Legislative Update: Current and New Legislation
Diabetes Coverage, Freedom of Access, Uniform Rx CardLegislative Update March 2004
Kelly Vyzral, Director of Government Affairs
As predicted in this election year, campaigns for the primary election are keeping legislators very busy. We are looking forward to the legislature resuming a more normal schedule after the Ohio primary on Super Tuesday, March 2, 2004. We have several bills on our agenda that we would like to see move through the legislative process quickly, and a couple of new bills that we will be watching closely.
HB 146: Diabetes Coverage. This bill, which would require health plans to cover treatment of diabetes, has been promised a committee vote by the end of the year. It did not have a hearing in November, and was pulled from the calendar in December on the day it was scheduled for a vote. The diabetes grassroots network is busy contacting legislators and the Governor concerning the importance of this measure.
HB 253: Freedom of Access. Introduced by Rep. Tom Patton, this bill would allow nonparticipating pharmacies to enter into contracts if they accept the same terms and conditions. Again, we are awaiting sponsor testimony on this bill, and hope to see movement on this issue in March. This legislation continues to become more necessary as more health plans begin to increase their reliance on mail order to save money. This legislation is very important, and we will be watching it carefully.
SB 43: Uniform Rx Drug Card. OPA was contacted by Sen. Robert Spada, the sponsor of the bill, stating that he was ready to move on the issue and would be calling the Senate Health Committee chairman’s office to request a hearing. This legislation has the support of insurance, medical and pharmacy interests, so when the General Assembly resumes business in March, we hope to see quick passage of the bill.
SB 147: Physician Assistant Prescribing. Introduced by Sen. Lynn Wachtmann, this legislation would give physician assistants physician-delegated prescriptive authority. The bill, as currently written, has a negative formulary, no delineated scope of practice, and no authority by the Medical Board. Several healthcare groups join us in our concern about the lack of clinical education and experience involved in obtaining a physician assistant’s license. We are in discussions now with the sponsor of the bill to add pharmacists to the list of those with limited prescriptive authority. This legislation has been assigned to the Senate Health and Human Services Committee.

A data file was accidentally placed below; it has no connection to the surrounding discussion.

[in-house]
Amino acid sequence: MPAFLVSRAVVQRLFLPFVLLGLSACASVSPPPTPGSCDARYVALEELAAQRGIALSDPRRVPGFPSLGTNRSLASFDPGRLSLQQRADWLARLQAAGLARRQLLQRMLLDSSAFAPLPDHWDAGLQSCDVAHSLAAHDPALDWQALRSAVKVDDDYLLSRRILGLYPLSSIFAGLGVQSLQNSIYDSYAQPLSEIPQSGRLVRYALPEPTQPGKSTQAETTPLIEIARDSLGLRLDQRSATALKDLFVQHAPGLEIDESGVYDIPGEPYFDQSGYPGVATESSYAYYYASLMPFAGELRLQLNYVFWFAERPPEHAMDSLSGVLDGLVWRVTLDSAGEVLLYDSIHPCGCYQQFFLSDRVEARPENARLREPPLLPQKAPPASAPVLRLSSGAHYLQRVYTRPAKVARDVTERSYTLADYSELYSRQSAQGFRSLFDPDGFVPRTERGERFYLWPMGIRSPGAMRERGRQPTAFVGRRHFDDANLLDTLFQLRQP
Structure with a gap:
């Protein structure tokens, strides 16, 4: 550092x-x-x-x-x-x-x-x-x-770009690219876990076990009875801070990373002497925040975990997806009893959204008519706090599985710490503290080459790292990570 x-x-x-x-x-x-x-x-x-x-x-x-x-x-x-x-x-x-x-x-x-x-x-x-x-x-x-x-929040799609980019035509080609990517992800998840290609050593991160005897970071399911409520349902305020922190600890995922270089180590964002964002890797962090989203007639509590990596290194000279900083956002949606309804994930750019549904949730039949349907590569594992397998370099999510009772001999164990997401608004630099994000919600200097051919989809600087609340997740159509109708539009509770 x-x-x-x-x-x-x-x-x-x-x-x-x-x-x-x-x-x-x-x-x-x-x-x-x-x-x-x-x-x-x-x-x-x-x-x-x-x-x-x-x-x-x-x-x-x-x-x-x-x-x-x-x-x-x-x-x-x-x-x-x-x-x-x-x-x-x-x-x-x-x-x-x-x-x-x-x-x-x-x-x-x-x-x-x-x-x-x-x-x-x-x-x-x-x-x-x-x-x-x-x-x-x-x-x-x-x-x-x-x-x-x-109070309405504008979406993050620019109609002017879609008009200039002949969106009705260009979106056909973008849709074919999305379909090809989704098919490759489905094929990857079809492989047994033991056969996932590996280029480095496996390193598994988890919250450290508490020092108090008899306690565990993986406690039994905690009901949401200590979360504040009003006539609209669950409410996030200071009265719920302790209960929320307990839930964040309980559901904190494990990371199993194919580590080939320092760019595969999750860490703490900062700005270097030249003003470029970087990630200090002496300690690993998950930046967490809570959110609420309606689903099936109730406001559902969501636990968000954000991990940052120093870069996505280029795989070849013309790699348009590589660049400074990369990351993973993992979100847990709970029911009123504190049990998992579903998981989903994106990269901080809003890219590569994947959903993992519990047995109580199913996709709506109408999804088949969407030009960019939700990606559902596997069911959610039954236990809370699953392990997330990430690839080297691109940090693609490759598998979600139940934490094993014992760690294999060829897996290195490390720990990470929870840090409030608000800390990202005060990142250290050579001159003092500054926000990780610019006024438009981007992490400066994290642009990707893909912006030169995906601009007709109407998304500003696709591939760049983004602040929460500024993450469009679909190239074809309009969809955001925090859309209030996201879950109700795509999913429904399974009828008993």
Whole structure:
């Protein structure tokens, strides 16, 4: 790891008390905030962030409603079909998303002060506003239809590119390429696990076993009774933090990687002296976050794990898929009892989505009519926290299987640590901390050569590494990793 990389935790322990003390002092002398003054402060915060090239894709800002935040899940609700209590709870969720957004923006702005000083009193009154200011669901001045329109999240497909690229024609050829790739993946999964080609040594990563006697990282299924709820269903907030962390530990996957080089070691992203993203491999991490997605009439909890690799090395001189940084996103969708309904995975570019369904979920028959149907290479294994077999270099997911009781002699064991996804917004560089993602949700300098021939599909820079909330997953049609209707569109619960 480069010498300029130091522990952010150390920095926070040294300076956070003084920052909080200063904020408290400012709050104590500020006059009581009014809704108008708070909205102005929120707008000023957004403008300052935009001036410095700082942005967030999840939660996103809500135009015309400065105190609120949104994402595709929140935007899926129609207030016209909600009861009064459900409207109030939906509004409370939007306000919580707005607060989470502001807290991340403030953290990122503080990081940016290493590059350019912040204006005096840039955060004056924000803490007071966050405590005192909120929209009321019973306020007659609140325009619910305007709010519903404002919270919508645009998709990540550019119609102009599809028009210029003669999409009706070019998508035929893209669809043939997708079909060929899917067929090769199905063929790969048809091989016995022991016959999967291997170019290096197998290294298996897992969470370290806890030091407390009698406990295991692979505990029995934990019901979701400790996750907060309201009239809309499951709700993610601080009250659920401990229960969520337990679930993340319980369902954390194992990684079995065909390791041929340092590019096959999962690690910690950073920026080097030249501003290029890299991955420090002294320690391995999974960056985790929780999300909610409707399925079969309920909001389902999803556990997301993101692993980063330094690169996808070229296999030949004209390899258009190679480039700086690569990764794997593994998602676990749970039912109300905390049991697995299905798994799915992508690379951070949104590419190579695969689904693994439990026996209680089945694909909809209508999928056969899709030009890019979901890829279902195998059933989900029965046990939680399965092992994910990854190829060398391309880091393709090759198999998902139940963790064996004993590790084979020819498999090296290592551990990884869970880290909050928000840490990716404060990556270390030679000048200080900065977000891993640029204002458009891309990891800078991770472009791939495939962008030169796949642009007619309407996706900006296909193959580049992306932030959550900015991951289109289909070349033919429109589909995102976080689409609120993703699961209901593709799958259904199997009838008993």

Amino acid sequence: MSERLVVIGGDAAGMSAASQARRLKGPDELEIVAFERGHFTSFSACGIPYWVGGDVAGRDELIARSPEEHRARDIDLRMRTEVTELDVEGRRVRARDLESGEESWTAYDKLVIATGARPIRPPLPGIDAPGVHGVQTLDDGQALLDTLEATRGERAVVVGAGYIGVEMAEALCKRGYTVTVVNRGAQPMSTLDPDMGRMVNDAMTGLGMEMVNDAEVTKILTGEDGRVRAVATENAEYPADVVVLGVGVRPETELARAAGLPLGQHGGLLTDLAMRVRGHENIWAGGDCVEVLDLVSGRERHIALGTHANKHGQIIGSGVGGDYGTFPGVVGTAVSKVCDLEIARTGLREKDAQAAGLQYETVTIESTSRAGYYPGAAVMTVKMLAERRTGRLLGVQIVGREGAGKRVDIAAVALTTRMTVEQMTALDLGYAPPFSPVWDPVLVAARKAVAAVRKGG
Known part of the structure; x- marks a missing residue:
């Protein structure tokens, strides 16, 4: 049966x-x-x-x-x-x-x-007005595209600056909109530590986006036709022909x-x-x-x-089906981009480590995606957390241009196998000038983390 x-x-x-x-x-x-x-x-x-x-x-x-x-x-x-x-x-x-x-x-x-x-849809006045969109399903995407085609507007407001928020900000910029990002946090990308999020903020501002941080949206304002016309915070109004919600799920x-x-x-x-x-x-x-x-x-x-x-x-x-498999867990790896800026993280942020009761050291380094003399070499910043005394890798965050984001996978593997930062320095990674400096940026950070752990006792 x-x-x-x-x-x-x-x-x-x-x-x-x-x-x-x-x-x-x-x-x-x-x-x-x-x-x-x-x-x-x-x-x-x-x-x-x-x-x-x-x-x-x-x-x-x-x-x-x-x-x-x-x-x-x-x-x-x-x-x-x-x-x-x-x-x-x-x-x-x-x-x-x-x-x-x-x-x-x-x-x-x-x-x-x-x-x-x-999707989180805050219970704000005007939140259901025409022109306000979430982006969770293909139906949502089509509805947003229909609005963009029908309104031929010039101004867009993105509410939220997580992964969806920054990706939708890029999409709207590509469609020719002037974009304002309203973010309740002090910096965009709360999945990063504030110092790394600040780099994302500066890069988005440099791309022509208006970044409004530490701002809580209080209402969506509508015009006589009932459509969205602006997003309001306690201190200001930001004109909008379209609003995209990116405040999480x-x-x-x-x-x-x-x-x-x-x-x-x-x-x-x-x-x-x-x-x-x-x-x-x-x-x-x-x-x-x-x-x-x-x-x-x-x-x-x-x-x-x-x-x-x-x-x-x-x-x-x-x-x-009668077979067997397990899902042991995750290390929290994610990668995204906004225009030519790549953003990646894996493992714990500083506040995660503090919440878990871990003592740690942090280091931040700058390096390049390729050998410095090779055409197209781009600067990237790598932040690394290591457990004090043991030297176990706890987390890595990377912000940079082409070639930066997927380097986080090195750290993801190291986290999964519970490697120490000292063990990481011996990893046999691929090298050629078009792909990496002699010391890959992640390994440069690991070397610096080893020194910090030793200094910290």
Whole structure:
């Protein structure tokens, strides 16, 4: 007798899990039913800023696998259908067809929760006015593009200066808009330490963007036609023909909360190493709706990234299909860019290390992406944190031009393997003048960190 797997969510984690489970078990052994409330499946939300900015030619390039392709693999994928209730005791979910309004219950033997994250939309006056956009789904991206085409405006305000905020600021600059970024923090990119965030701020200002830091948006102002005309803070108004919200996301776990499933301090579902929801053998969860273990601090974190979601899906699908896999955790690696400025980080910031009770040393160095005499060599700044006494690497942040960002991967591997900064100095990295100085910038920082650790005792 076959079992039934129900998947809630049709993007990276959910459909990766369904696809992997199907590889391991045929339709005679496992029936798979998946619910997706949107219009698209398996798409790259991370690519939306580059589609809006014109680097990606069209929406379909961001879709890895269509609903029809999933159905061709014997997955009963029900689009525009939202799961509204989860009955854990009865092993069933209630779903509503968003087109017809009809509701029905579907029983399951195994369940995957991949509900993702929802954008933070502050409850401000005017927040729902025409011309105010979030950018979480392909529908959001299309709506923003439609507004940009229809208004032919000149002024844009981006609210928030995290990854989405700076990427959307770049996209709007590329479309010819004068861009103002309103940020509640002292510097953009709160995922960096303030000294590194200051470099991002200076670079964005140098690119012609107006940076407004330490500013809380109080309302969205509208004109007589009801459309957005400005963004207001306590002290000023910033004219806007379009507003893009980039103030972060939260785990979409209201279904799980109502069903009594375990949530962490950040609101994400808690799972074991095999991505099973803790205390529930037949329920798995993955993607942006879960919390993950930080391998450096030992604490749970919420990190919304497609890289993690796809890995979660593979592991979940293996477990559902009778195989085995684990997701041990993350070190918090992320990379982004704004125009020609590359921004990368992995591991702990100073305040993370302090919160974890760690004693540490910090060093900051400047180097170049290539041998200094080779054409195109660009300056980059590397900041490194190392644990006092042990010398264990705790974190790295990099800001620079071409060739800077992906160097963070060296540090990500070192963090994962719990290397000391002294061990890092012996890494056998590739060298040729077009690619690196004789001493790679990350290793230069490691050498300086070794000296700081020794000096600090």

SB 196: Compounded Drugs. Sponsored by Sen. Wachtmann, this bill would allow a pharmacist to compound and dispense a dangerous drug to a licensed prescriber for use by the prescriber in the prescriber’s office. This legislation would allow for non-patient specific, multi-dose compounding. It would place strict guidelines on the disposal of sterile injectibles, and place a 60-day expiration on other compounds. The OPA Compounding Special Interest Group (SIG) raised several issues of concern about the legislation, including increased cost of doing business due to increased regulation and oversight by the Board of Pharmacy and the FDA, and the fear that this legislation could encourage manufacturing under the guise of compounding.
Legislation to Allow Colleges of Pharmacy to Use Outdated or Unusable Drugs. Several pharmacists associated with colleges of pharmacy in Ohio brought up the issue of allowing the colleges of pharmacy to use outdated or unusable drugs for the instruction of pharmacy students. The cost of buying new drugs to use for instruction is becoming prohibitive. Rep. Sean Webster has agreed to draft and sponsor this legislation.
If you have questions or concerns about any of the bills mentioned in this article, please contact Kelly Vyzral, Director of Government Affairs, at 614.798.0037, or email@example.com.
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